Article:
Discussion in 'Algae' started by BenL, Feb 24, 2014.
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What is macro algae and is it a good thing to try?
Yes. Cheato and caulerpa are the most common and are a good way to remove nitrates from your system. As with anything you do to your system, research first and determine what the needs of your particular system are. Do you have a sump? How big is your system? Are there any specific parameters that you are having difficulty keeping under control and what else have you done to control them? Just some things to think about ….it s hard to give a general answer to such a general question. TONS of great information on this site and lots of people who know way more than I ever will!
I added Cheato to my tanks after having trouble with algae because of high levels of nutrients in the system. I started with a piece the size of a baseball and a month later it was the size of a basketball. The algae in the DT cleared up almost entirely. It can be a good thing to use but like dienerman said, its a general question. It could help to know what is going on to give a better answer
Im using a lot of macros in my new 50 gal in the display. Here's a site with a list of the commonly found, and more decorative ones. Good for nitrate export, and cool to look at. Macro Algae: Your Source For Quality Marine Plants and Macroalgae | Gulf Coast Ecosystems
FWIW, we run live macro algae in most of our systems, right in the DT. We run FOWLR setups, and it looks nice, adds movement, aids water quality, and provides habitat for fishes.
Be careful with the super fast-growers (e.g. Caulerpa taxifolia or C. racemosa, and their variants), as they can get away from you without regular prunings. We recommend freezing the prunings for 24 hrs prior to disposing of them to ensure the cells are dead.
A 55gal with no sump
Here's a couple of pics of a std 60 gal that was one of the growout tanks for our volitans:
Does any kind of fish or invert eat macroalgae?
Yes, It just depends on the fish and the macro. Macro is basically an underwater plant.
If you're in California it's illegal to import certain caulerpa. Spore can go down the drain to the ocean and become very invasive.
Chaeto is the most common safe and easy to deal with. My Naso Tang will eat about anything I put in the tank.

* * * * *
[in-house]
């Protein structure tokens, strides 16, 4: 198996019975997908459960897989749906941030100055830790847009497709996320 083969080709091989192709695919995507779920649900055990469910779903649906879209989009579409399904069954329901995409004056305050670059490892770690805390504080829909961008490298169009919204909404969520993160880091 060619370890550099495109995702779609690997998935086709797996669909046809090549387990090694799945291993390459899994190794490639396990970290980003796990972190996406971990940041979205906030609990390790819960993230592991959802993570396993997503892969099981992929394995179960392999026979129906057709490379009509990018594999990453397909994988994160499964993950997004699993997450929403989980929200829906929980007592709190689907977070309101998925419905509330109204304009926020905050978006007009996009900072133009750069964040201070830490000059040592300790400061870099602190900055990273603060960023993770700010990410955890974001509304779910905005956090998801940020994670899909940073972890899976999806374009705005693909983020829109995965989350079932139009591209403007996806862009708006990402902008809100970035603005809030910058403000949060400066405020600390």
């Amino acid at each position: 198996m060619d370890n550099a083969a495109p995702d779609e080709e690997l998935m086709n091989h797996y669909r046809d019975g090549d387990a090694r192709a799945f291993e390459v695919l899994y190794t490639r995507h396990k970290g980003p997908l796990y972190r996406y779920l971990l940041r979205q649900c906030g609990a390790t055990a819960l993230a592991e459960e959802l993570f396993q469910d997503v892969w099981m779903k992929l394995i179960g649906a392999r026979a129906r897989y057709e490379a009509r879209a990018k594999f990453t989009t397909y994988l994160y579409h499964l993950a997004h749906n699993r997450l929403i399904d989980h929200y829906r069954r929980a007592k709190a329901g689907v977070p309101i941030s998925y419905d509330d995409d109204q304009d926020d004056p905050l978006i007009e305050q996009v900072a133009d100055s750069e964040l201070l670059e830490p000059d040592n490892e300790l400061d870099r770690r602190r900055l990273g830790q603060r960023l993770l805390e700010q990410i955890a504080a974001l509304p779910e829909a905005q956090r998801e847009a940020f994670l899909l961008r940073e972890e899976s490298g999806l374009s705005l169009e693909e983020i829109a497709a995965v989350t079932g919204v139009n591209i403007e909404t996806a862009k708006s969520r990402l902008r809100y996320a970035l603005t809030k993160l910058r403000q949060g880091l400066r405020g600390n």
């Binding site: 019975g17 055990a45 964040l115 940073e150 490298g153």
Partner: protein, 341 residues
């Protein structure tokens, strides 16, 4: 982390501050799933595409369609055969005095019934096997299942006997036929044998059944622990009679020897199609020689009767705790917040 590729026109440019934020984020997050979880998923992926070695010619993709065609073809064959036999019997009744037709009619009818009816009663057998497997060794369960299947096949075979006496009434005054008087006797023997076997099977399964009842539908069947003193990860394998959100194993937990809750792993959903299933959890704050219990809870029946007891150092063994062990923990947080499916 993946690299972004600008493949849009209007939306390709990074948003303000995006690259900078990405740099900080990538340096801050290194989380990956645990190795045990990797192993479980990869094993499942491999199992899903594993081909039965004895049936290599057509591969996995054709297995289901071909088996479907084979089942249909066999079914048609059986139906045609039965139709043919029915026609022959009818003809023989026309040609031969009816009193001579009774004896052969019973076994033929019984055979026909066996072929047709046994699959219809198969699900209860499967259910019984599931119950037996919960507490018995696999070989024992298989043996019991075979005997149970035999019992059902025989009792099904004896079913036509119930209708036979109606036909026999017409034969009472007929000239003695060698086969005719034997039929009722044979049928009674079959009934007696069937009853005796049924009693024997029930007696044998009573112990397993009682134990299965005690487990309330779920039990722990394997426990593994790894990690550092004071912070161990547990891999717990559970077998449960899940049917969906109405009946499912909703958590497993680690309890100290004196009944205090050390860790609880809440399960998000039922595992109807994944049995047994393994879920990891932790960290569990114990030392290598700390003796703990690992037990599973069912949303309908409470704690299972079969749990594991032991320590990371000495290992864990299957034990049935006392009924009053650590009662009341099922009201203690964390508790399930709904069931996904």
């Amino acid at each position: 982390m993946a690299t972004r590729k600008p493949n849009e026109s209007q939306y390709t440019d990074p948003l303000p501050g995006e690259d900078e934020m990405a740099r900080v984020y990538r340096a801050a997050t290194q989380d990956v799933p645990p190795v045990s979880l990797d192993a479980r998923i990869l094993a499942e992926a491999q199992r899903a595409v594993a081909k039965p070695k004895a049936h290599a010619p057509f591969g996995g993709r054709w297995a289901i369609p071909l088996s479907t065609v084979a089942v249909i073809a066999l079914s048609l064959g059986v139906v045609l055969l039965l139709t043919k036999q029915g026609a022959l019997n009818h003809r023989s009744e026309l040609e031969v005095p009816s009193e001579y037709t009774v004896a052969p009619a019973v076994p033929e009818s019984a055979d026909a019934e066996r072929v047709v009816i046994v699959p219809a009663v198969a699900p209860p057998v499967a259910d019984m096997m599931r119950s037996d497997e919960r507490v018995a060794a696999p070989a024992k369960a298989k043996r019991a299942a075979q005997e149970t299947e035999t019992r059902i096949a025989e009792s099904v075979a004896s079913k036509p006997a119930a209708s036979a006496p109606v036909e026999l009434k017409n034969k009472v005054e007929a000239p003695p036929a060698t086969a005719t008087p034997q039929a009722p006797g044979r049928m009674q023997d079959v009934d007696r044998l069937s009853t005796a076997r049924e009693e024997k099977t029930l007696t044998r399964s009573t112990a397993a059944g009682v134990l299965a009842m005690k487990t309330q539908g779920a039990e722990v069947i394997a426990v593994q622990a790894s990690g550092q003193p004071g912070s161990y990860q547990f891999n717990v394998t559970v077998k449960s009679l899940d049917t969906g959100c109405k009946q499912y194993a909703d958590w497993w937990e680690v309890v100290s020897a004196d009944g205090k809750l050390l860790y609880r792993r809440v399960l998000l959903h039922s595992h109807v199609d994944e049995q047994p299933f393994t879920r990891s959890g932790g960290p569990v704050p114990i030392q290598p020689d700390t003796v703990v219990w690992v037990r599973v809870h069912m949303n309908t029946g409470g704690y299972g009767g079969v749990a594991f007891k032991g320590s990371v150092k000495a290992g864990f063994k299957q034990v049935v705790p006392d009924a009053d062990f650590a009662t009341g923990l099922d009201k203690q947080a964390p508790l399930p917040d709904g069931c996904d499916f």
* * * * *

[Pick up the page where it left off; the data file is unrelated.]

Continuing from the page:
In 2000, the strain was found on the coast of California (U.S.A.), near San Diego, and also on the coast of New South Wales, Australia. The California colonization was small enough to be considered controllable: it was covered with tarpaulin which was held down with sandbags at the edges of the infestation. Then chlorine was poured in through tubes which fed into certain openings in the tarpaulin: the interior of the tarpaulin filled up with chlorine and killed living organisms inside it, not only the unwanted alga but also fish, invertebrates and other seaweeds. The killing of such other organisms was not desirable but was deemed preferable to letting the plant grow unchecked.
The appearance off the California coast was most probably caused by an aquarium owner improperly dumping the contents, allowing C. taxifolia to flow through a storm sewer into the lagoon where the invasion was discovered. California has since passed a law forbidding the possession, sale or transport of Caulerpa taxifolia within the state. There is also a federal law under the Noxious Weed Act forbidding interstate sale and transport of the aquarium strain Caulerpa.
In July 2006, the alga had been declared eradicated from the two Southern California locations (Agua Hedionda Lagoon in Carlsbad and Seagate Lagoon in Huntington).
Ulva and Gracilaria are favorites of tangs and other herbivorous fish. I'm not sure about inverts though.
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